Commission on International Religious Freedom finds little progress
Steffi Reichert/URBAN ARTefakte
According to the mainstream media, same-sex "marriage" is on the rise in America. A survey published earlier this year by the Public Religion Research Institute found a majority of Americans support the concept, and other polls are showing similar results. Even the Chairman of the Republican Party — which has opposition to same-sex "marriage" in its official platform — tends to shy away from the subject.
And the media are right. There is no denying that a strong majority of younger Americans believe same-sex "marriage" should be legal. As older, more conservative, and more religiously affiliated Americans die, support for same-sex "marriage" will continue to grow.
But why has opinion on same-sex "marriage" reversed itself so quickly since 2004, when numerous states passed amendments to state constitutions to prevent the practice, with overwhelming majorities? Or since 2008, when even California supported a state marriage amendment?
I believe the answer lies, at least partially, in media bias and language choice. Rather than having a "majority" in favor of changing what marriage means, most Americans are simply being cowed into submission.
Consider, for example, this National Journal article on a young Republican group that is trying to change the GOP’s platform on marriage. Its headline declares the GOP’s position on marriage as "homophobic," and twice the article states that the GOP has "anti-gay language" in its platforms at the national and state levels.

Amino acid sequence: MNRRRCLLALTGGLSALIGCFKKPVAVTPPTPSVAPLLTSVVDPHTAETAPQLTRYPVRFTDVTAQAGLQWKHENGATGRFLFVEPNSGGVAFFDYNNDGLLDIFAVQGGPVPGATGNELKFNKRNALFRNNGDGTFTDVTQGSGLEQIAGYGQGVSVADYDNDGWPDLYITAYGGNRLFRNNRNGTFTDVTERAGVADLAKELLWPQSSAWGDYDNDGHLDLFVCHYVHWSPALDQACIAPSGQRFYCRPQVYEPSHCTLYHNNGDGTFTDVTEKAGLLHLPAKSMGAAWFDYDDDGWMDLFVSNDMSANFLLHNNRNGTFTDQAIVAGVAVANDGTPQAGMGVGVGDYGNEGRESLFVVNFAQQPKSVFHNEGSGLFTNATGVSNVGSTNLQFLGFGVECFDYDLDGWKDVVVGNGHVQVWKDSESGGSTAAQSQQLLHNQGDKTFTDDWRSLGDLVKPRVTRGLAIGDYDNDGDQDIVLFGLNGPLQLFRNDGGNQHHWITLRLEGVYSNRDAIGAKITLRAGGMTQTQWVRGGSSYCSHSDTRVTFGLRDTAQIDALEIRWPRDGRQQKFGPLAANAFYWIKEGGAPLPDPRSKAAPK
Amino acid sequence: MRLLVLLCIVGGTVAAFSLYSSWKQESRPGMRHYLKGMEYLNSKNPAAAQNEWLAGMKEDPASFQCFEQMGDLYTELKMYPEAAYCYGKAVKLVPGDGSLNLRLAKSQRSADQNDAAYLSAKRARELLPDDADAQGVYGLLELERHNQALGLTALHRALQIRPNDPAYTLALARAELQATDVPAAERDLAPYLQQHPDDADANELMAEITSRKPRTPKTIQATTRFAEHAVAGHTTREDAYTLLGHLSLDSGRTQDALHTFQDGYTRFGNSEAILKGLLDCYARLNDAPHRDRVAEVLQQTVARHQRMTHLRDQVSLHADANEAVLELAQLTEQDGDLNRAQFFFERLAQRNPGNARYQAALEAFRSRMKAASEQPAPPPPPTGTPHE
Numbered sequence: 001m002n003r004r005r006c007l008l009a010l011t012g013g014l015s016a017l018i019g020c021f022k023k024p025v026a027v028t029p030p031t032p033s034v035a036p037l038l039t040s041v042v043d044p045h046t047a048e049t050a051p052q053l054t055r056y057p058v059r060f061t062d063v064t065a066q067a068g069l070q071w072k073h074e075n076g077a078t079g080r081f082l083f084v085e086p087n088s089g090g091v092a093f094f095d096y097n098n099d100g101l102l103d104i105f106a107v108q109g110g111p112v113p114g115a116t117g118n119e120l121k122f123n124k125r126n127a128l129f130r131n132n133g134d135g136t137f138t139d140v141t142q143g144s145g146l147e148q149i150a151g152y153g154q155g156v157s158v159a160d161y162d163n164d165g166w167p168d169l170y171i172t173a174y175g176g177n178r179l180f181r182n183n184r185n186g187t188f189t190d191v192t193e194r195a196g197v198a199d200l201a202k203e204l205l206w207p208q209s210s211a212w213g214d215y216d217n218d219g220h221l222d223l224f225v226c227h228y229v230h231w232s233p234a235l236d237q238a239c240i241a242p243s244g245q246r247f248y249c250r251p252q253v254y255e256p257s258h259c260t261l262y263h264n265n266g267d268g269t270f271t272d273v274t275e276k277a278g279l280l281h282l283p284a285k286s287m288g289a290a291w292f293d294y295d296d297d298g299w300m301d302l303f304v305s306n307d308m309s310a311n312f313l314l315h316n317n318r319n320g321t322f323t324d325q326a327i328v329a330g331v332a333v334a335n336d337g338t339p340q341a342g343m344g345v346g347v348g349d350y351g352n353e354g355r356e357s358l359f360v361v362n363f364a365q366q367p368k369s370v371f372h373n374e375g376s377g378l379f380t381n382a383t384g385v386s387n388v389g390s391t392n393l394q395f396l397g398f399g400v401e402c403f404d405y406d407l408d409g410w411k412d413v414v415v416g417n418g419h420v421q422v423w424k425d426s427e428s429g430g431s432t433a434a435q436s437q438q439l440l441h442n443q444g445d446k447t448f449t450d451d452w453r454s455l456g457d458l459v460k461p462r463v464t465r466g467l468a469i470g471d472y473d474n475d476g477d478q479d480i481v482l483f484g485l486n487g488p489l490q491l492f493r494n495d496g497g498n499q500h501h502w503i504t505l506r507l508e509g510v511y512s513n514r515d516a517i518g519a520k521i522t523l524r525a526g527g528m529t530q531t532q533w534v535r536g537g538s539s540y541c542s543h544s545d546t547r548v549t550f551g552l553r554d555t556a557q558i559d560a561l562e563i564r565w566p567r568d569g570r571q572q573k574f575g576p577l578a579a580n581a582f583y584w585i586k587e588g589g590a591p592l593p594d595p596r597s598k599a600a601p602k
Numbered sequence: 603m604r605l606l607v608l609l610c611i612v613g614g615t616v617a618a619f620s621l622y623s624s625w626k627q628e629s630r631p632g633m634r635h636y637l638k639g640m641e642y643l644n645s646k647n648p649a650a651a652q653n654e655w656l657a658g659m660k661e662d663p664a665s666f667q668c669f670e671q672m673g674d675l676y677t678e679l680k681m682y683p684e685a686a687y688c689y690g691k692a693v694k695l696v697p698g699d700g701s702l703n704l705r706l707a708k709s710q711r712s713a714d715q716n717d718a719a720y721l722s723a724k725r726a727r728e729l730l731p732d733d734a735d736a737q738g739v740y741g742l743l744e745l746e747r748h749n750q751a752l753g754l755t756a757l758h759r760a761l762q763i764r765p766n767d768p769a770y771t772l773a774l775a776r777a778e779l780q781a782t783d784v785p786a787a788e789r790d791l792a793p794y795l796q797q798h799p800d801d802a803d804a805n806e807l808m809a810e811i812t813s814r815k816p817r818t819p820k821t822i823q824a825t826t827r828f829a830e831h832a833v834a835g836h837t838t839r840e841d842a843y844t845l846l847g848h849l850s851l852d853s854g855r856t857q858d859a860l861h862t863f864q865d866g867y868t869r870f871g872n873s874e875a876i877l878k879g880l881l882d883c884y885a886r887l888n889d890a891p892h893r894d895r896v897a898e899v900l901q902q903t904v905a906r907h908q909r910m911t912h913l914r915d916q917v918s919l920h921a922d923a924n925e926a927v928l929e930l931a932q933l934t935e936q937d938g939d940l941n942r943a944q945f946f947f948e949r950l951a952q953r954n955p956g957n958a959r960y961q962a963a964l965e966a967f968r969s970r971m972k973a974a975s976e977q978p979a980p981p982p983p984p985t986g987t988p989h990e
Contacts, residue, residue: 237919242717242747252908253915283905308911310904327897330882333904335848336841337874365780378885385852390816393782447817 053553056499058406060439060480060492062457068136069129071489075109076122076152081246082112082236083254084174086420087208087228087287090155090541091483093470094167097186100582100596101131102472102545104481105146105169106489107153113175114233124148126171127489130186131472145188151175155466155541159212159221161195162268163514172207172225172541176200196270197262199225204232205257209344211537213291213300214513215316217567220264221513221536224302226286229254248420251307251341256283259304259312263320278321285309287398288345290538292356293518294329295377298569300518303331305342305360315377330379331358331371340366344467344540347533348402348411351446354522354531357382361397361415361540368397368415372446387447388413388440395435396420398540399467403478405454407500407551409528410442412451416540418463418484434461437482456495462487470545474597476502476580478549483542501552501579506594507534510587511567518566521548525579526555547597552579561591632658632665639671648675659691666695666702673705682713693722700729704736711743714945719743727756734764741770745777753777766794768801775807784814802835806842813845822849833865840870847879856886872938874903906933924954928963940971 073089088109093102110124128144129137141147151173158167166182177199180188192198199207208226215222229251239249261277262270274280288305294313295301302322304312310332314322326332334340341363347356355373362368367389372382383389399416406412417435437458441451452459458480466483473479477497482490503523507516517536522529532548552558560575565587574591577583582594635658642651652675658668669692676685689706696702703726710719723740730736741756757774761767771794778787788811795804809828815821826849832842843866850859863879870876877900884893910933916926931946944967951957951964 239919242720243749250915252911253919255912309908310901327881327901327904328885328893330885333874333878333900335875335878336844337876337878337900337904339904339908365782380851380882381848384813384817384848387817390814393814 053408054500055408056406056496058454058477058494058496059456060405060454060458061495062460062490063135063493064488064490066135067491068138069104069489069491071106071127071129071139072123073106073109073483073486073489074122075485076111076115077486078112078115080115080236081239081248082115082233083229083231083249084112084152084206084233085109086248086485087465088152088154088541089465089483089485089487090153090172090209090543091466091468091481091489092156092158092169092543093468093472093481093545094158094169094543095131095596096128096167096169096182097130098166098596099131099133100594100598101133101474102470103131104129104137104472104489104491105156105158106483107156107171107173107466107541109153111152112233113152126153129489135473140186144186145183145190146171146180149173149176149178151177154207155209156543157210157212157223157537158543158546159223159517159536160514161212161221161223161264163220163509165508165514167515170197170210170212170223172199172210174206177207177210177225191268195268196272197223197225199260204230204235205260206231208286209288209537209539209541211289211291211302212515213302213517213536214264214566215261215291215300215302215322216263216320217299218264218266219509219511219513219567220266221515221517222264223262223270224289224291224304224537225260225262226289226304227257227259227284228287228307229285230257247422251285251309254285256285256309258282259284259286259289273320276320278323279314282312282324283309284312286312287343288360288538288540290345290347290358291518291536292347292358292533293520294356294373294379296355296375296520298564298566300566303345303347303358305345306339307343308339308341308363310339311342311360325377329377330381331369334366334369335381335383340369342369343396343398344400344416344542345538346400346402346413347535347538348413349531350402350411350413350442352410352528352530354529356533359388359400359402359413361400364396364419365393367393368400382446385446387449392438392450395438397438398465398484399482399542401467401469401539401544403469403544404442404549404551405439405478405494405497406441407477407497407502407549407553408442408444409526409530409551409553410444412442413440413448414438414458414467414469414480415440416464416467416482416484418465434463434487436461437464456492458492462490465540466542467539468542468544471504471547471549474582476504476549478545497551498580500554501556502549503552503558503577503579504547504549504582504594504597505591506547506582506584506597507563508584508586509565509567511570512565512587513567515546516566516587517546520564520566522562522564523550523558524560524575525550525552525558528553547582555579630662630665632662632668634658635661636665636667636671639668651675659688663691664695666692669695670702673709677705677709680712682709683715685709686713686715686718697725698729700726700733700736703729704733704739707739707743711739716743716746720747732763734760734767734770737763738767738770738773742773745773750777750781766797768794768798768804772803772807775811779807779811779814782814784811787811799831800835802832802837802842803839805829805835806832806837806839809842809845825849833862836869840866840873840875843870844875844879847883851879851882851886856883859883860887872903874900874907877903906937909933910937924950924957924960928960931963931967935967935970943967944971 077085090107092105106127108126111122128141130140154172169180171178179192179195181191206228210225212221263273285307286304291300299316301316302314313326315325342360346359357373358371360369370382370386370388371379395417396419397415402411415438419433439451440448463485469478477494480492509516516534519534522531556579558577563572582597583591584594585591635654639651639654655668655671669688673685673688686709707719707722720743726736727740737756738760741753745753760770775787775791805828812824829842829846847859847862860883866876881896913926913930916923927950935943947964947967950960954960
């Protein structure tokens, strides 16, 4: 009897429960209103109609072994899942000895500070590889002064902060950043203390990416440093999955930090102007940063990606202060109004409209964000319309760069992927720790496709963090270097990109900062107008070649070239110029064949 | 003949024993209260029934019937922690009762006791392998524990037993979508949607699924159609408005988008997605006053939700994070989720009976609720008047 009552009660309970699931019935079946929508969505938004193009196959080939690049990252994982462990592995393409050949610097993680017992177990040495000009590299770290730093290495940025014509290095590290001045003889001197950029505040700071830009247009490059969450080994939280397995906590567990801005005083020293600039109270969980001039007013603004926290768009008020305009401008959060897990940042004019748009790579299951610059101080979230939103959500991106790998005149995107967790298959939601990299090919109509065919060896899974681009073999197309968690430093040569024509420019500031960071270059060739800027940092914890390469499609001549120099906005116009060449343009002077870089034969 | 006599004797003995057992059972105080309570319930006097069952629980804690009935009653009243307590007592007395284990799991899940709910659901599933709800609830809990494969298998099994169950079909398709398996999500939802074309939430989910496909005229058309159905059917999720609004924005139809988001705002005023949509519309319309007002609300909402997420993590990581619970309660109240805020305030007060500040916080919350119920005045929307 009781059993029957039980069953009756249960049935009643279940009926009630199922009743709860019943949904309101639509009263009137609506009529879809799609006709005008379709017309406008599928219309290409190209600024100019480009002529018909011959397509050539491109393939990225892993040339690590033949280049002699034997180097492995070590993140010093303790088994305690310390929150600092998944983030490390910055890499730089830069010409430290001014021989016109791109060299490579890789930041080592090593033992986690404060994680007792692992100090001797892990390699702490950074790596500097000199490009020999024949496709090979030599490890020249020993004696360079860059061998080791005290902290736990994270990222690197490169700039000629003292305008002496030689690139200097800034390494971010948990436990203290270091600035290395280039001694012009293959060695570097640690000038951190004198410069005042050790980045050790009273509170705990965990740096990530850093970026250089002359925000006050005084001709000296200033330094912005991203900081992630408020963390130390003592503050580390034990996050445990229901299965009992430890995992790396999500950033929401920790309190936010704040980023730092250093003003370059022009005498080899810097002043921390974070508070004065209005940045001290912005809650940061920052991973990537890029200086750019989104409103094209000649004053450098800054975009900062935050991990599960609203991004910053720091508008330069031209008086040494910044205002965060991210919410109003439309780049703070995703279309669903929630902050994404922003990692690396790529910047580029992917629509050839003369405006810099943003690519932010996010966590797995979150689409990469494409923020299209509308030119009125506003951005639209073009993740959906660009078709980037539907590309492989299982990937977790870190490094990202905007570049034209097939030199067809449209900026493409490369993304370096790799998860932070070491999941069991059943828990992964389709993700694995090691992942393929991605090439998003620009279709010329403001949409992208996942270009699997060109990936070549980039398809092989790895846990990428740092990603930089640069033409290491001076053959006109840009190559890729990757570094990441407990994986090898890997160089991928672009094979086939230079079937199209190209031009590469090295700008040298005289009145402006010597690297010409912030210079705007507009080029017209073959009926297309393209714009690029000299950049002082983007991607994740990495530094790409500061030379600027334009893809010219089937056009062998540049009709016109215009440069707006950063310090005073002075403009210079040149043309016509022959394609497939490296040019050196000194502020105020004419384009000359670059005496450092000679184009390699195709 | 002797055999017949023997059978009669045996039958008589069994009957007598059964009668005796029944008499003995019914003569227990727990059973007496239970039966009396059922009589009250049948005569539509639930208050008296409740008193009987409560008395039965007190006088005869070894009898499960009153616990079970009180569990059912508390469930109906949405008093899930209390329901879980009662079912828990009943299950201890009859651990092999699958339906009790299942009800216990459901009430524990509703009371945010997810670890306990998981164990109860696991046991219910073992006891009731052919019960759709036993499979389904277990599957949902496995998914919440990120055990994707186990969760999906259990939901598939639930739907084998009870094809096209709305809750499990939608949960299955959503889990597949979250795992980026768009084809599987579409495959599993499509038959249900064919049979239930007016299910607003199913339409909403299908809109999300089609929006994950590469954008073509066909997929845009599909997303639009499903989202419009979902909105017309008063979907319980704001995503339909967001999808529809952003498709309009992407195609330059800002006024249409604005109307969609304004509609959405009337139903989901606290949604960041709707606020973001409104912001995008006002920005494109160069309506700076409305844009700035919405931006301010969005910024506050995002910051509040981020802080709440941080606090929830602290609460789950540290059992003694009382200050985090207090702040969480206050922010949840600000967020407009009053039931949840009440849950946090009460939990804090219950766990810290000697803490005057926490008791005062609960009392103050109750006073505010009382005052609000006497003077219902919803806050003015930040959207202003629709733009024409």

Terms like "homophobic" and "bigot" litter blogs, articles, op-eds, and television shows. Former Mozilla CEO Brendan Eich was a "bigot" according to many, even though his only sin was to donate to Proposition 8 six years ago. And Huffington Post has a whole page dedicated to the so-called homophobia of "Duck Dynasty’s" Phil Robertson.
Another bias can be seen the wording of poll questions on the subject, which often inaccurately ask if people support same-sex "marriage." (As marriage is between a man and a woman, it would be more accurate to ask if people support "changing the definition of marriage.") In asking this question, polling companies of all political stripes influence the way the public thinks of marriage and homosexual relationships.
After seeing such language used throughout mainstream media, and then parroted by politicians, who in his right mind would want to be labeled a bigot? Or a homophobe? And "anti-gay" must mean something awful, even if it rarely defined — after all, we all just want to be married!
If you Google "homophobia definition," this is what appears on Webster:
irrational fear of, aversion to, or discrimination against homosexuality or homosexuals
Yet Googling "phobia" brings this up:
an exaggerated usually inexplicable and illogical fear of a particular object, class of objects, or situation
In other words, "phobia," which is the base of "homophobia," is a fear. Yet "homophobia" has been expanded in this instance to include "discrimination."
Do so-called "homophobics" actually show fear of homosexuals? Again, Robertson was accused of being homophobic, but in his infamous comments of last year he condemned sin of all kind and expressed love and compassion for everyone. Yet, because he failed to embrace the homosexual agenda, he was accused of being "anti-gay," which translated into "homophobia," whose definition should be "a fear of homosexuals or same-sex attractions."
This definition of "homophobia" ignores the real difference between having a fear of something and having a principled disagreement with it.
Another windfall for the pro-homosexual cause has been the courts’ flouting of public opinion, in which a court substitutes its judgment for actual public opinion. Tyler Deaton, the campaign manager of the group National Journal, made the point directly: